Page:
New Book to be Released
José de Torres's Reglas generales
An annotated Spanish/ English edition of José de Torres's Reglas generales (1736) is to be published in the coming year by Indiana University Press. Torres's treatise, translated and edited by Paul Murphy, Assistant Professor at Eastern New Mexico University, first appeared in 1702 with the title Reglas de acompañar en órgano, clavicordio, y harpa con solo saber cantar la parte o un baxo en canto figurado. It comprises three sections, which Torres calls tratados (treatises), and thereby divides thoroughbass instruction into the subjects of rudiments, ac-companiment with consonant chords, and accompaniment with tied and untied dissonant chords. In this first edition Torres uses scored realizations of figured basses to explain the method for deriving accompaniments from unfigured basses.
A second, revised edition, which adds a fourth tratado to explain the method for accompanying in the Italian style, was issued in 1736. The second edition not only exhibits a reformatted and enlarged text, but contains the first use in Spain of two-stave keyboard notation. All of the scored examples from the first edition are rewritten, typo-graphically, in keyboard notation, i.e., one note for the left hand is written in the bass clef and three notes for the right hand are written in either the soprano or the treble clef, with both staves connected by a brace. The thorough-bass theory presented in the first three tratados of the second edition of Reglas generales was first presented by Torres in 1702, that is, before many of the most influential pre-Rameau eighteenth-century thoroughbass treatises, specifically, Saint-Lambert's Nouveau traité (1707), Gasparini's L'armonico pratico (1st ed., 1708), and Heinichen's Neu erfundene und gründliche Anweisung . . . des General-Basses (1711).
Although instruction in the art of deriving an accompaniment from a bass line appeared in Spain long before Torres's treatise with works such as Juan Carlos Amat's Guitarra española (Lérida, 1626) in which arabic numerals are used as chord symbols, and Gaspar Sanz' Instrucción de música sobre la guitarra española (Zaragoza, 1674) in which the realizations are notated in guitar tablature, Reglas generales enjoys the significant distinction of being the first work in Spain to deal specifically and completely with thoroughbass accompaniment at the keyboard. Be-cause of its emphasis on keyboard accompaniment and what Torres describes as the "rigorous Spanish style," this treatise, unlike any that had appeared before it in Spain, approaches thoroughbass from a contrapuntal as well as a harmonic perspective; this is a perspective that, unlike the guitar treatises of the same period, considers chord inversion and voice leading in the realization of the bass. It is also the approach shared by most of the influential eighteenth-century thoroughbass treatises from Italy, France, and Germany.
José de Torres y Martínez Bravo (c. 1670-1738) is a remarkable figure in Spain's musical history whose life included service in the Real Capilla de Madrid, a vast output of musical compositions, achieve-ments as a printer and editor, and significant influences as a music "theorist." In more than fifty years of his professional association with the Real Capilla Torres held the positions of organist (eventually, Organista Principal), rector of the Colegio de Niños Cantóricos, and Maestro de Capilla. Thus, Torres served in the Spanish Real Capilla in several capacities: composer, practicing musician, and instructor of music. Torres's compositions, while occasionally retaining certain features of Spain's prima-prattica tradition, such as identification by modal rubrics, cadential organization according to psalm-tone differentiae, and limited use of paraphrased plainchant cantus firmi, also demonstrate a Baroque conception of harmony and dissonance, and a preference for characteristically Baroque accompanimental ensembles. Through La Imprenta de Música, the printing establishment he founded in Madrid in 1700, Torres made available in Spain an unprecedented number of works, including con-temporary Spanish and French compositions, and contemporary and traditional Spanish theoretical treatises. Further, his technological advancements in the way music is printed allowed him to initiate the typographical production of figured basses and the notation of keyboard music in two staves. As a teacher of music, Torres is primarily concerned with practical explanations of musical concepts to aid in thoroughbass instruction. Ac-cordingly, Reglas gen-erales excludes the "ostentación " found in Kircher's and Cerone's theoretical discussions. Nevertheless, he borrows from a diverse group of seventeenth- and early eighteenth-century Spanish and Italian theorists, including Francisco Correa de Arauxo, Andrés Lorente, Pablo Nassarre, Lorenzo Penna, and Francesco Gasparini.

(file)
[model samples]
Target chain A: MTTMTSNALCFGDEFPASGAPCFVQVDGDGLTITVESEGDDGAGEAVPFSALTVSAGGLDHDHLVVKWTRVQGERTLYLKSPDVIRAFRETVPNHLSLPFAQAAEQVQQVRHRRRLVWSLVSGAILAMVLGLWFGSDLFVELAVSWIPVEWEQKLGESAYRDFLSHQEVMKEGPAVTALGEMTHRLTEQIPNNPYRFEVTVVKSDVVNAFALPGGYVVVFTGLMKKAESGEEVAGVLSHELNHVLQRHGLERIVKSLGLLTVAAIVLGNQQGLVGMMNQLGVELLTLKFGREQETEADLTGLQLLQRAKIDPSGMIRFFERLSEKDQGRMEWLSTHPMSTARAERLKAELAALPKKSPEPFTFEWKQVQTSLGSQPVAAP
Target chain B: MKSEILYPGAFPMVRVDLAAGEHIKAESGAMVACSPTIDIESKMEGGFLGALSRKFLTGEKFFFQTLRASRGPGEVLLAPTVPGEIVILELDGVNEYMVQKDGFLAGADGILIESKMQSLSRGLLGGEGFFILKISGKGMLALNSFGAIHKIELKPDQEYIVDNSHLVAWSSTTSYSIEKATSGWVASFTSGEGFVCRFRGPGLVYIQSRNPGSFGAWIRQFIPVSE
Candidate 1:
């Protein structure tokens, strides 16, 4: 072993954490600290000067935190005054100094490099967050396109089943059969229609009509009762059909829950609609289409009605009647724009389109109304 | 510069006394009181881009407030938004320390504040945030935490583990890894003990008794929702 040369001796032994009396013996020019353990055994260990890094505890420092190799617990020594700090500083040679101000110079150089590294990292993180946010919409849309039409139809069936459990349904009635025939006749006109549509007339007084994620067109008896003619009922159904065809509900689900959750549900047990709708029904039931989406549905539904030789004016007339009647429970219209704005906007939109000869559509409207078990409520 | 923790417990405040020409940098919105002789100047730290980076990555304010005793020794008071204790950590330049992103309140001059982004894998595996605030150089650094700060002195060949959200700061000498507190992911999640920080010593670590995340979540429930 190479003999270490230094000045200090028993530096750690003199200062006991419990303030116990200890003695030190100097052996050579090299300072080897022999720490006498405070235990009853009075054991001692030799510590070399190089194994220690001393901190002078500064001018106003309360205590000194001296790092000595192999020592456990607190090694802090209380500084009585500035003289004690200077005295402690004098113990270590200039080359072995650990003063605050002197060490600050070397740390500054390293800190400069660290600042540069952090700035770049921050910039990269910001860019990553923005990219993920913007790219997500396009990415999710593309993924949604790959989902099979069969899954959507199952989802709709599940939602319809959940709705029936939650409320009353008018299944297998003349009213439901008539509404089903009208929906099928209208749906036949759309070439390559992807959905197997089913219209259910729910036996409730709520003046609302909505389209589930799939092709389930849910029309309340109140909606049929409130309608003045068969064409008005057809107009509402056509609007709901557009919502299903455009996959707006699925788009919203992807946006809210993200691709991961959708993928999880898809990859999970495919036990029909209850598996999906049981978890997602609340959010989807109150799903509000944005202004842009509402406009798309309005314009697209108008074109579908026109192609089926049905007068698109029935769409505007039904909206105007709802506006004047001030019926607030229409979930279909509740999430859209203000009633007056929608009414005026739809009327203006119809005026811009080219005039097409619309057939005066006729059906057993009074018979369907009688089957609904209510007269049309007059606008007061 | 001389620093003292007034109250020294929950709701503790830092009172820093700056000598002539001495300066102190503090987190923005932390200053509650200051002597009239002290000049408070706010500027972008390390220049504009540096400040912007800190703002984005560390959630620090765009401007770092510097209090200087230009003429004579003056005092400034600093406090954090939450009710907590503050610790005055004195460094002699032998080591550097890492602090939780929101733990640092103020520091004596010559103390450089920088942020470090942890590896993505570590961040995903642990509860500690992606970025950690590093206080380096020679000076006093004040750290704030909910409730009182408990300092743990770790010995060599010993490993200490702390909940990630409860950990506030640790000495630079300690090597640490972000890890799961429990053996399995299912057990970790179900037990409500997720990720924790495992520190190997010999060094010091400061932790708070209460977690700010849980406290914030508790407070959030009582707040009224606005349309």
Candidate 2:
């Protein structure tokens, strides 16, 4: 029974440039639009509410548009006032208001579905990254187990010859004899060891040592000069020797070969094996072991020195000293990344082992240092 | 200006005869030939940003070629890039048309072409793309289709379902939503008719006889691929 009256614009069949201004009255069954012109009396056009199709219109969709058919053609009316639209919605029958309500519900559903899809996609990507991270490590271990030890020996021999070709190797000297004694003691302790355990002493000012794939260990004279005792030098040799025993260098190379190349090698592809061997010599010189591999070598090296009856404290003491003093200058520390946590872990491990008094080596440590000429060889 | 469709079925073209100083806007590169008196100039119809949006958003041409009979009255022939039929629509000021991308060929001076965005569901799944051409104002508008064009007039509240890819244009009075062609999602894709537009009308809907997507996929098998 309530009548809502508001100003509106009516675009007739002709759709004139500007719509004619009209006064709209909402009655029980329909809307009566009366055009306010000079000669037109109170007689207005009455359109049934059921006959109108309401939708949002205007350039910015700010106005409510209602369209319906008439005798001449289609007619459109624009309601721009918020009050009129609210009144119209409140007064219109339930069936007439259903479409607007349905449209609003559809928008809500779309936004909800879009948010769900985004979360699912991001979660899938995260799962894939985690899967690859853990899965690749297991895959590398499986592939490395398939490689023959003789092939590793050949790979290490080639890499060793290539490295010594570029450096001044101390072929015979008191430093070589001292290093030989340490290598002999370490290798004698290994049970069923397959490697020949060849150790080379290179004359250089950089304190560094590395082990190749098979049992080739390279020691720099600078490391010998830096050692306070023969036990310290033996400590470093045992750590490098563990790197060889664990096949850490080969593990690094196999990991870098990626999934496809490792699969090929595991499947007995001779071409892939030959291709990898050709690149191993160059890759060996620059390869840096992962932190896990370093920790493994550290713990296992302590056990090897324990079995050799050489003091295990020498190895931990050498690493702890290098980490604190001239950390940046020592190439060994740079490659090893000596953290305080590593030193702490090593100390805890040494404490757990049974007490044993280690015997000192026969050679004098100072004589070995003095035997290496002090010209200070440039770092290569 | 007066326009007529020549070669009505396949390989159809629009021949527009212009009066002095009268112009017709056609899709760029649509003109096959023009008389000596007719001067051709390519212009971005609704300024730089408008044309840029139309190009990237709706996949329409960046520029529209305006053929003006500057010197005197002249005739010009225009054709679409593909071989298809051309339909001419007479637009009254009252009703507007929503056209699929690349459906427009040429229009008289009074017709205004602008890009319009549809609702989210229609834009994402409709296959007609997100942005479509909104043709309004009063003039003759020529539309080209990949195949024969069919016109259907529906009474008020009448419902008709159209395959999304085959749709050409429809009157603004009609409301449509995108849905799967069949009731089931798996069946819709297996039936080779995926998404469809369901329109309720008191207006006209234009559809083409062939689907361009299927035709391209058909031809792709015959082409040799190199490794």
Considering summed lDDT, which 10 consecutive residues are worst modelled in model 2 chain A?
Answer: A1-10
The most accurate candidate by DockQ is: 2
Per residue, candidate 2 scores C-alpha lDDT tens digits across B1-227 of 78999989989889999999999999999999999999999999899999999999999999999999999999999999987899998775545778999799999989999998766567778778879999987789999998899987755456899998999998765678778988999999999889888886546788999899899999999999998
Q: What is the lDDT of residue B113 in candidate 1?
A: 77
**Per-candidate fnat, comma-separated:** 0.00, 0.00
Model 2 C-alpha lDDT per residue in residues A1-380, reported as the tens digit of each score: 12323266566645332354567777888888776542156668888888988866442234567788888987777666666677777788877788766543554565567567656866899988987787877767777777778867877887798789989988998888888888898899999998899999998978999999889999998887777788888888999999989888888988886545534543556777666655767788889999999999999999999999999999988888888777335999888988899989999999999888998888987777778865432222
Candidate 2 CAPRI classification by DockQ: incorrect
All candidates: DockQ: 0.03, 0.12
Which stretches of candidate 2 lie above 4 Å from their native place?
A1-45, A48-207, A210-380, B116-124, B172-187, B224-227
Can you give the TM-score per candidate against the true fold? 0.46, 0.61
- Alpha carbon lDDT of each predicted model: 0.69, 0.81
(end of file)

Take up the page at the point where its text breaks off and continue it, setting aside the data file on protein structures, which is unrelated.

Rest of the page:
Internationl Hispanic Music Study Group: Study Session 1999
"The Interaction of Traditional and Art Musics in the Hispanic World."
Saturday, October 30, 1999,
Leonora Saavedra (University of Pittsburgh), Chair
Bernardo Illari (University of Chicago)
Malena Kuss (University of North Texas)
Cristina Magaldi (Towson State University)
Alvaro Torrente (Royal Holloway College, University of London)
Luisa Vilar (Universidad de las Américas, Puebla)
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